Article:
29 May Standing Up for Sitting Down
The temperatures are hitting the thirties. Your kid is heading out the door to their job working outdoors. Are you telling them what they already know and possibly not what they need to know?
We pass them all the time through the summer months. Young workers doing gardening work, construction, house painting and road work. Many parents send them off to work comforted in knowing that they have full water bottles and instructions to stay hydrated. Except there’s possibly one wrinkle here.
They might not be able to get to that water bottle when they’ve been on a roof for three straight hours and only had arms to carry supplies up the ladder. In strenuous work in hot weather one should re-hydrate every 15-20 minutes whether one is thirsty or not. The same goes for regular breaks to allow our bodies the time to cool down.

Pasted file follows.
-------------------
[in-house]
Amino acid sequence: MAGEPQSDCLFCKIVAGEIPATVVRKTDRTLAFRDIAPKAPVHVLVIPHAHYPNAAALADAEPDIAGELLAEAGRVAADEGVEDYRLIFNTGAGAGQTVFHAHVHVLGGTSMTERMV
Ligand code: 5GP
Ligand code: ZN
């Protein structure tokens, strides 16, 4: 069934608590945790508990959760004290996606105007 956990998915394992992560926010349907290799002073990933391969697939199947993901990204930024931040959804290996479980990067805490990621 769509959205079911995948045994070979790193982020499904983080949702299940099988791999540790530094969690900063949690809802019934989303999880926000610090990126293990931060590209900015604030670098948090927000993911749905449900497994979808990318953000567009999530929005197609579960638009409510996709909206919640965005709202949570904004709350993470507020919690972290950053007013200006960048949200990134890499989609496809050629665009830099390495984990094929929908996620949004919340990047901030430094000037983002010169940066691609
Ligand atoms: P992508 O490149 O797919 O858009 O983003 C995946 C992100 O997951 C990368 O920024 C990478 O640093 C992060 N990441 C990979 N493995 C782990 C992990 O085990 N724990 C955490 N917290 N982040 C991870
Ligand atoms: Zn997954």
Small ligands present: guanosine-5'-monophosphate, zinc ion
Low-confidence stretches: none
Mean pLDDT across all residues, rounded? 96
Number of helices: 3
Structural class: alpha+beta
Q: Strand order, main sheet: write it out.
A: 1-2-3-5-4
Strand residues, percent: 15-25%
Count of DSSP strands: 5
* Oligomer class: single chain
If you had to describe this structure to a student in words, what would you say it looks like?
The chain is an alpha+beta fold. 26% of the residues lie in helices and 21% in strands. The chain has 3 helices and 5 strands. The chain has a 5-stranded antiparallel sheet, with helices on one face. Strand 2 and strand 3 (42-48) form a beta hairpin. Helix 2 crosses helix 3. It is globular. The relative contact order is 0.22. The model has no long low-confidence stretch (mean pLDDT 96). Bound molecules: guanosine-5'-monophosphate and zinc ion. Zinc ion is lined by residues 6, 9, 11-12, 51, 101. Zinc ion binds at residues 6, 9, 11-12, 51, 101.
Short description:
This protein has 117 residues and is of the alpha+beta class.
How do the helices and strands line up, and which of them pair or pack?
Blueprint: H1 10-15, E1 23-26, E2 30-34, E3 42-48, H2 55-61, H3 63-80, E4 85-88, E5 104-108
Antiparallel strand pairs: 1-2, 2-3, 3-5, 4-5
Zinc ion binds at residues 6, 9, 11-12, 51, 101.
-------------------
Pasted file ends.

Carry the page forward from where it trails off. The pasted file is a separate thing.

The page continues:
All that said, parents and others responsible for young workers may be offering good advice, but it’s just the tip of the iceberg. We need to ask them other very important questions. And listen to what they tell us.
Do they know the symptoms of heat stress? These include weakness, dizziness, nausea, muscle cramps and other symptoms.
Do their employers allow them to take breaks?
Here’s the big one: Are they comfortable asking their employers to take breaks? Some young workers who may be afraid to lose their jobs because they need money for tuition or otherwise are very reluctant to rock the boat. If they admit to not wanting to ask, we have to remind them that it is their right to have safe work conditions and that includes regular breaks. They need to know that no job is worth the consequences of heat stroke, whether it be fainting and falling off a ladder or other injury or illness directly or indirectly caused by heat stress.
Talk to them. Even role play with them on how they can bring the subject up with their boss and have a productive conversation. Your support and understanding can make all the difference and give them life skills that will serve them well in to the future.